Jump to navigation Jump to search
sideline (plural sidelines)
- A line at the side of something.
- 1809, William Nicholson, “CALLIONYMUS”, in The British Encyclopedia, or Dictionary of Arts and Sciences; […], volume II (B … E), London: Printed by C[harles] Whittingham, […]; for Longman, Hurst, Rees, and Orme, […], →OCLC, column 1:
- Like most other fishes, the dragonet varies slightly in colour in different individuals, and at different seasons of the year. Mr. Pennant describes the pupils of the eyes to be of a rich sapphirine blue; the irides fine fiery carbuncle; the pectoral fins light brown; the side-line straight; the colours of the fish yellow, blue, and white, making a beautiful appearance when fresh taken.
- Something that is additional or extra or that exists around the edges or margins of a main item.
- She started the business as a sideline to her regular work and it ended up becoming the greater source of income.
- Soup need not be just a sideline to a meal; if you like, it can be the main course.
- A line for hobbling an animal by connecting the fore and the hind feet of the same side.
- (sports) A line defining the side boundary of a playing field. Used in Canadian football, field lacrosse and basketball.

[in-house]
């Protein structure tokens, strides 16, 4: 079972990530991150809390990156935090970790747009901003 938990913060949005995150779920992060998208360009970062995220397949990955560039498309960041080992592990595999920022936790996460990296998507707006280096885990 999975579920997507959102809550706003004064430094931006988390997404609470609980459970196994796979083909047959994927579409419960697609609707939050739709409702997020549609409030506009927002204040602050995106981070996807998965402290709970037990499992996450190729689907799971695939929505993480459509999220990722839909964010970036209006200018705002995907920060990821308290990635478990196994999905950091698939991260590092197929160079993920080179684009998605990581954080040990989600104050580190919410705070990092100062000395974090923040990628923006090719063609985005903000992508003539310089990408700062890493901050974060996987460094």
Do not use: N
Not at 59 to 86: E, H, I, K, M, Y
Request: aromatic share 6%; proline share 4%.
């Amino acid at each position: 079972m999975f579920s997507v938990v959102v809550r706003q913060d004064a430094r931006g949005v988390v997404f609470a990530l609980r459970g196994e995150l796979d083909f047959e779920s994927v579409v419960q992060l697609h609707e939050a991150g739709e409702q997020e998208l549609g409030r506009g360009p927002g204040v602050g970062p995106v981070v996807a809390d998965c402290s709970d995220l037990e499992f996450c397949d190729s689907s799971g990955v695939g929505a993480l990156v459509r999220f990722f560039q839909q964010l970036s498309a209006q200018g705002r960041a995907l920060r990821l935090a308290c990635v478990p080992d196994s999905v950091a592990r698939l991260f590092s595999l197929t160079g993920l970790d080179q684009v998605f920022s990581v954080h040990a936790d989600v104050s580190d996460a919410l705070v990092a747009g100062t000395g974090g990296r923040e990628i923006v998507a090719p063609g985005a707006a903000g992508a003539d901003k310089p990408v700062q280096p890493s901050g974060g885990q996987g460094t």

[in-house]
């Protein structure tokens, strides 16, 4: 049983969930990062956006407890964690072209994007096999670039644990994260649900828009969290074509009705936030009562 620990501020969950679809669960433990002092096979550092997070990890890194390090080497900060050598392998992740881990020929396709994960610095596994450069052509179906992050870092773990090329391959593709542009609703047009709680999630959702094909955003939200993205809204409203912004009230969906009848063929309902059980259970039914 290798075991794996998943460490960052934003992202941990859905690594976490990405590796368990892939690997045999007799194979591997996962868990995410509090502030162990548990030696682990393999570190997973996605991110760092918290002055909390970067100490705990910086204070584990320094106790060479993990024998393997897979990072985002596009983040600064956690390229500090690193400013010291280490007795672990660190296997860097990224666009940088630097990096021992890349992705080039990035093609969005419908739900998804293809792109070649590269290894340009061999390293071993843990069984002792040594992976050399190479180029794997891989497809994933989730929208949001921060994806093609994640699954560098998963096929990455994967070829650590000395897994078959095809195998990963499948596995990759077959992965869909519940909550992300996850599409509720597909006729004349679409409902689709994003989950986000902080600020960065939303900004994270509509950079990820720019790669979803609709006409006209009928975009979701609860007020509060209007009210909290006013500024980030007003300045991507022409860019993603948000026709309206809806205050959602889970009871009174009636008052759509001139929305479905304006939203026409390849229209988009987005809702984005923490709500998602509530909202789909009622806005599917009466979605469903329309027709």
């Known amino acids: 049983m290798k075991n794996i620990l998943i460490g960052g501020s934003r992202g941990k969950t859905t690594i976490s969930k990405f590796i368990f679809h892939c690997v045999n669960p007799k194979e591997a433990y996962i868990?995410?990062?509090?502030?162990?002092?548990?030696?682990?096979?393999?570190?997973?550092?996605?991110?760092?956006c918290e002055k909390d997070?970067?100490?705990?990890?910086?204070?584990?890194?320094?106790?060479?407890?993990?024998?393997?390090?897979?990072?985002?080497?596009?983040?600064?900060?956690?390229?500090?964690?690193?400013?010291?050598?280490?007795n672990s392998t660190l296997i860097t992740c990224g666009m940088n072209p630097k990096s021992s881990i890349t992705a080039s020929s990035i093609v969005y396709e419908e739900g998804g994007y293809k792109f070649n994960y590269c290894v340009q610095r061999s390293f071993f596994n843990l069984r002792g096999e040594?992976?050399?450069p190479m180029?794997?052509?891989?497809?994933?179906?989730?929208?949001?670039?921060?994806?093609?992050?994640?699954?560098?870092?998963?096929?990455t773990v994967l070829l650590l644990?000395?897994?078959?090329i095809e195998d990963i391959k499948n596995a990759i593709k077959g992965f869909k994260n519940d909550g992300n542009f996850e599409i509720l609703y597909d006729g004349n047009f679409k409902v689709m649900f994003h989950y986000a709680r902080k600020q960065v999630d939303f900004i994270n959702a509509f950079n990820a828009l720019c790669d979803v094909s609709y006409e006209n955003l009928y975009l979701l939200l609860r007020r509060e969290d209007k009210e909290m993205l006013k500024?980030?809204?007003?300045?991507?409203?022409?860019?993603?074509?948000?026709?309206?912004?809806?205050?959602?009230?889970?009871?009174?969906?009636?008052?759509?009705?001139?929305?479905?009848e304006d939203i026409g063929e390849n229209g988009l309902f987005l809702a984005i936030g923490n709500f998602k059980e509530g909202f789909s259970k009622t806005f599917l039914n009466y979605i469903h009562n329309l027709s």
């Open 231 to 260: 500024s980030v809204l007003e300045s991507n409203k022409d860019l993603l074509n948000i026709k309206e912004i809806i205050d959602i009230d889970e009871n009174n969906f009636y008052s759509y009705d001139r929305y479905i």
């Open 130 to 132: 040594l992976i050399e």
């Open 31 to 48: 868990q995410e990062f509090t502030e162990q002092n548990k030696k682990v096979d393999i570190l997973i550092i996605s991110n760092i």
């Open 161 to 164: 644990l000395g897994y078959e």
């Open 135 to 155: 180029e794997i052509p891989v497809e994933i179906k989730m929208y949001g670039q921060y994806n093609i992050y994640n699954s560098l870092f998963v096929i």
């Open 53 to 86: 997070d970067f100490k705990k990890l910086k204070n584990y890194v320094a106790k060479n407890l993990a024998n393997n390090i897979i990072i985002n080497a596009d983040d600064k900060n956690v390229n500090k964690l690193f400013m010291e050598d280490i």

- Synonym: (in rugby union, rugby league and association football) touchline
- (sports) Usually in the plural: the area outside the playing field beyond each sideline.
- The coach stood on the sidelines and bellowed commands at the team.
- (figuratively) The outside or perimeter of any activity.
- She installed the whole fixture while he simply watched from the sidelines.
- (Canada) A secondary road, especially a byroad at right angles to a main road.
line at the side
something additional or existing around the margins
(sports) side boundary of a playing field
(sports) area beyond sideline
sideline (third-person singular simple present sidelines, present participle sidelining, simple past and past participle sidelined)
- (sports, transitive) To place on the sidelines; to bench or to keep someone out of play.
- The coach sidelined the player until he regained his strength.
- 2023 November 14, Phil McNulty, “England 0-0 Brazil”, in BBC News:
- Gomez got his chance with Gary Cahill sidelined and took it superbly with an assured performance as part of a three-man defence Southgate now looks certain to use at the World Cup.
- (transitive) To remove or keep out of circulation or out of the focus.
- The illness sidelined him for weeks.
- 2017 August 13, Brandon Nowalk, “Oldtown offers one last game-changing secret as Game Of Thrones goes behind enemy lines (newbies)”, in The Onion AV Club:
- Subplots that might have been fun to explore were relegated or eventually sidelined altogether in the case of characters like Gendry, who disappeared for years and finally resurfaces as a blacksmith in King’s Landing, literally waiting for the call to his hero’s journey.
- 2022 January 12, David Clough, “From Germany with love: a Warship retrospective”, in RAIL, number 948, page 49:
- During 1971-72, spare Type 4s on other regions enabled the whole class to be sidelined, with Class 43s going first.
to put out of circulation
- “sideline”, in Lexico, Dictionary.com; Oxford University Press, 2019–2022.